You Don’t Need to Force Happiness

You Don't Need To Force Happiness

Through recovery, each person may be searching for practical skills, mindsets, and ways of expressing their own identity to create a recovery model that works for them. Happiness is the penultimate goal as each person learns to look back and accept their past and how they want to build themselves up in the future. While happiness is the goal, that doesn’t mean that someone needs to convince themselves that they are happy all the time or always have to wear a smile. Expressions of emotion as a whole are important, whether someone is genuinely happy or if they are sad, angry, or anxious. Expressing all of these emotions when they are felt can help each person better confront their overall happiness path.

Smiling Isn’t Always Expected

Recovery is hard. It is an uncomfortable process by which each person confronts their ailments to set the groundwork for a different future. While someone may see the recovery process as a wholly positive experience, the stresses that someone may feel in the moment through recovery can be anything but positive. While forcing oneself to smile can be a trick to convince the mind that it is happy, denying one’s own emotions and masking them can quickly build up its stresses. Recovery isn’t about learning to be happy all the time. Instead, it is learning how each person can safely express whatever emotion they are genuinely feeling in a non-destructive way. Learning how to express feelings safely can include finding appropriate coping mechanisms and emotional outlets, coupled with overarching goals that can help guide someone towards a future they want for themselves. 

No part of this process implies that someone isn’t allowed to be sad or angry or any other emotion. Instead, it is encouraged for each person to express these emotions in a new way. There is nothing wrong with feeling mad during the recovery process or at any other time in someone’s life. However, whether someone chooses to express this anger through confrontation, suppressing it through unhealthy coping mechanisms like drugs or alcohol, or finds a healthy outlet to work through the anger as in using yoga, meditation, sport, or other physical activity is up to them. If someone is feeling sad, it can be more helpful to let them be sad and work with them to identify a source of the emotion, as well as how they can begin to process it, rather than trying to force them to just “cheer up.” 

What Does Happiness Mean? 

Living a happy life is about more than what someone feels from day-to-day. Instead, one way someone can begin defining what happiness means for them is to look at their progression towards their personal goals. Whether someone is making progress towards an individual professional status, sharing in their personal goals such as finding communities where they are accepted or setting goals for themselves on a domestic front, they can help someone define their happiness. 

Each person will have to set these goals for themselves, and it will be up to them how they want to define themselves in the future. However, measuring one’s happiness can then be helped by looking at the steps they are taking each day to accomplish these goals. Learning new professional skills that may help someone reach a professional milestone can be a huge source of pride that someone can use to define their new, transforming lives. It can mean taking care of one’s health while maintaining new friendships. All of these things can lend to the idea of “happiness” depending on the individual, and none of them happen in just one day.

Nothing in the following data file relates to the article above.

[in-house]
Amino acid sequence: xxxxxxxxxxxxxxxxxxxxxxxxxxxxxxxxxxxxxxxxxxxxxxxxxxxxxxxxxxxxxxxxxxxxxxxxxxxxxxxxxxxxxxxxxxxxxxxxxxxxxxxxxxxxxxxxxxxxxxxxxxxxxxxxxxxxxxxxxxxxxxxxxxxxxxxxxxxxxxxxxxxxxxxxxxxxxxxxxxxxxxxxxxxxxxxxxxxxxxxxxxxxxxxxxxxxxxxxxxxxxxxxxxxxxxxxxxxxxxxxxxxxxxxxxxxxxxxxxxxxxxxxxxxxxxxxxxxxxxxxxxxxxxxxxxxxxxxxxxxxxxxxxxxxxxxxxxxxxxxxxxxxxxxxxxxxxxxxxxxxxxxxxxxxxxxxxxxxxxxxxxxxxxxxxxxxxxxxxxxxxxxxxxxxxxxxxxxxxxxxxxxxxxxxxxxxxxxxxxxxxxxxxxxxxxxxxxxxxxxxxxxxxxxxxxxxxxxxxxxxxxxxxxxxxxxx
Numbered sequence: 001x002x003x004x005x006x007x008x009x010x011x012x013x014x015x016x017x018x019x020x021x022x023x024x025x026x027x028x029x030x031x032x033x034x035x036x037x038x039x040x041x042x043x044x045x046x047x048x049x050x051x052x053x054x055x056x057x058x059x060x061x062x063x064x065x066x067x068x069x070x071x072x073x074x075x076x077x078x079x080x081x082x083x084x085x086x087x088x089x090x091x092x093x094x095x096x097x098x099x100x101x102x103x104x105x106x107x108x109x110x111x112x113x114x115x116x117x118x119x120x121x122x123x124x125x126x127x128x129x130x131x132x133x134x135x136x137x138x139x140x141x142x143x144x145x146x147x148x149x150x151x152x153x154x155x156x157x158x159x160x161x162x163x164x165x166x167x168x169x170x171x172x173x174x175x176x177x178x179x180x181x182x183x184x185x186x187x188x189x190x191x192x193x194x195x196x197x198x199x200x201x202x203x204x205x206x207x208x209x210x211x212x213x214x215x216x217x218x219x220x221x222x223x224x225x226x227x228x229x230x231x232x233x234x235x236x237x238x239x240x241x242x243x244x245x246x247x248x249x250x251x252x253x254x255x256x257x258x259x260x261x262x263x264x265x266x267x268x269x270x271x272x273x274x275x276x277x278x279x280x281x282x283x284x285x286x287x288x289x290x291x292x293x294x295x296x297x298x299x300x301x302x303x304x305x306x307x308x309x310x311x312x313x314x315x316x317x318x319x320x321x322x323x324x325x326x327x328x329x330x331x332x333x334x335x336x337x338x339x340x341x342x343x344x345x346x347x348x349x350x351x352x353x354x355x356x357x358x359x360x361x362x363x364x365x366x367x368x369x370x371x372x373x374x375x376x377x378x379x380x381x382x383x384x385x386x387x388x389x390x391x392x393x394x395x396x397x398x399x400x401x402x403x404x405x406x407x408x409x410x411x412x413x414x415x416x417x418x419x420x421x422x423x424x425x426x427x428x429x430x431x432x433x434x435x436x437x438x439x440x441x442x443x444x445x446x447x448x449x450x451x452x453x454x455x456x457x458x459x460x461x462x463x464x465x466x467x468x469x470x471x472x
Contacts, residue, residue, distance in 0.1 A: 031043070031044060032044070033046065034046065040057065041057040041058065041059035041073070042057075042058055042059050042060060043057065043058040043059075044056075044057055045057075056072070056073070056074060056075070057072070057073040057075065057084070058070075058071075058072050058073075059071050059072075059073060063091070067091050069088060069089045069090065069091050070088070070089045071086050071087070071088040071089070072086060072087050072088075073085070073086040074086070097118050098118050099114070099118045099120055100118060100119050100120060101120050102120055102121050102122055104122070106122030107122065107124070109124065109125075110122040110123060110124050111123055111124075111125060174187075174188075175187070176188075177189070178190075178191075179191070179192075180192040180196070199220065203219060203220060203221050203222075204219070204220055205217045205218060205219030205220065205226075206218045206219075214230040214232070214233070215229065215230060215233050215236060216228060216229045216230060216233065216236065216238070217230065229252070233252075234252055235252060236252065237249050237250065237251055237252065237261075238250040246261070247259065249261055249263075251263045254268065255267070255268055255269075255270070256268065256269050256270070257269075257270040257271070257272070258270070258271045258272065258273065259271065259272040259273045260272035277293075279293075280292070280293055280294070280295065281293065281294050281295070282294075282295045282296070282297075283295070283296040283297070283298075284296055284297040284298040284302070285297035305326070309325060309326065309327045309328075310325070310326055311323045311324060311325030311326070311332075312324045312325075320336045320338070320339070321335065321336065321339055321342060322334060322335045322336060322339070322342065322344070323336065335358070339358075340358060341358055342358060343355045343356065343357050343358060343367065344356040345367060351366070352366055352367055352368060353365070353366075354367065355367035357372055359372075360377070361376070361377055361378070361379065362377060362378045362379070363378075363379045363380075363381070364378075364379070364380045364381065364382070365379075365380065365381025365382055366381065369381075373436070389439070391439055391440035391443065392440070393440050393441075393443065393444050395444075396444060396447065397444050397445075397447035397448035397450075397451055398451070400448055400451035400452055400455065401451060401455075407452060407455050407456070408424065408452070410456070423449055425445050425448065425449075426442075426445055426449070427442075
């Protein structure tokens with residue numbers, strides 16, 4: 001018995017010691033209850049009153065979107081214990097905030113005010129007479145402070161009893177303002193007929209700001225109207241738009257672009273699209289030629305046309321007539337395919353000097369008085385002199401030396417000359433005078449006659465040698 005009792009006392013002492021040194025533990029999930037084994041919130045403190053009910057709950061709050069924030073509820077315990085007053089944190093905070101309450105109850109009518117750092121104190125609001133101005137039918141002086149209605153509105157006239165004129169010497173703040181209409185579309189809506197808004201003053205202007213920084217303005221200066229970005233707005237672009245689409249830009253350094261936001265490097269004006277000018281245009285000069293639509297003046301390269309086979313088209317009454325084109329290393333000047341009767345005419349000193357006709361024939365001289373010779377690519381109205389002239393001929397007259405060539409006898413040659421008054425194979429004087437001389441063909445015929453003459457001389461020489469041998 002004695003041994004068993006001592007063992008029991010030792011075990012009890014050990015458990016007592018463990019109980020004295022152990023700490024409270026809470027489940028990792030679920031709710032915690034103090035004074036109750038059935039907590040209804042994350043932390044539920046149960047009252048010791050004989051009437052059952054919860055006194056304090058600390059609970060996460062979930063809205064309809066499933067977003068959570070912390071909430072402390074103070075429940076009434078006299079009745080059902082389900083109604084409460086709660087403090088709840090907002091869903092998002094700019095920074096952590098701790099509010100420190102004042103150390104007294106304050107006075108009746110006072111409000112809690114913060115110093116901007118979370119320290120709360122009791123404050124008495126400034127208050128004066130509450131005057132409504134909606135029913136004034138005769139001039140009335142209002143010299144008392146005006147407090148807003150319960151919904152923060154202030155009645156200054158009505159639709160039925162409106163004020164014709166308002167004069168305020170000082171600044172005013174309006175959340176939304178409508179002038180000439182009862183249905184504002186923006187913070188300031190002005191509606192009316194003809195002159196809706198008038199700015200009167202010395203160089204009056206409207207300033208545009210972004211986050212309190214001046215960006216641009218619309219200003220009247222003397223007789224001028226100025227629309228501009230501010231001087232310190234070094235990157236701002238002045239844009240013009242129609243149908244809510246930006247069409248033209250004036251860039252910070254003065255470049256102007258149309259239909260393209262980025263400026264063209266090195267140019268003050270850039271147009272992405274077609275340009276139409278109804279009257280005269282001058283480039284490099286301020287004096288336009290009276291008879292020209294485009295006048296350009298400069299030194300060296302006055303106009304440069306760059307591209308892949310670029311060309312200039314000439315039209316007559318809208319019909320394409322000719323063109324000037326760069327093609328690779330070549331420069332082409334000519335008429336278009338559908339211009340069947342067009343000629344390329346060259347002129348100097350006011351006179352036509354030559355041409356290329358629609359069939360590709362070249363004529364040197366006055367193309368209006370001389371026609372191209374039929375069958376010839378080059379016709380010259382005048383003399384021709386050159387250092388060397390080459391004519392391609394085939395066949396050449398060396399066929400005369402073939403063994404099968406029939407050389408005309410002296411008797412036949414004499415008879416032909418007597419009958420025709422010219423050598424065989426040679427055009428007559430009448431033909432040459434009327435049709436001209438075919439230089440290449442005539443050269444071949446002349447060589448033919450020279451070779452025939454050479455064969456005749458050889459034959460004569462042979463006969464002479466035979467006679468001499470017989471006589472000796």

Looking at the Big Picture

Forcing happiness, or even a smile when someone isn’t genuinely feeling happy can have several detrimental effects, from bottling up emotions again to trying to force feelings so often that someone reaches a point of emotional exhaustion or ambivalence. Cheering up isn’t about pushing one’s self to be happy in the face of stressors. Instead, it can be about looking at how someone safely expressed these negative emotions and realizing the overall therapeutic value that their actions held in safely expressing these emotions. Seeing coping skills in action can be the source of genuine pride and triumph to begin a true path to happiness. Feeling safe to allow oneself to express whatever emotion they may be feeling can give someone the needed framework to start looking at the big picture of their success in recovery. 

Happiness will mean different things to different people, but forcing happiness in the face of difficult times can lead to its problems in the recovery process. Brighton Recovery Center can help if you or a loved one struggles with your stresses and coping mechanisms, addiction, trauma, or any co-occurring mental health disorders. We can help you take the first step to confront your happiness and goals for recovery. Our large, six-building campus provides space for each person to experiment with their recovery while creating a supportive community. With access to many amenities such as a yoga studio, gym, and a myriad of various practical therapies, there is always a way for you to personalize your recovery program, either in our sober living facilities or during our intensive outpatient programs. To learn more about our extensive campus or to talk to a caring, trained staff member about your unique situation, call us today at (844) 479-7035.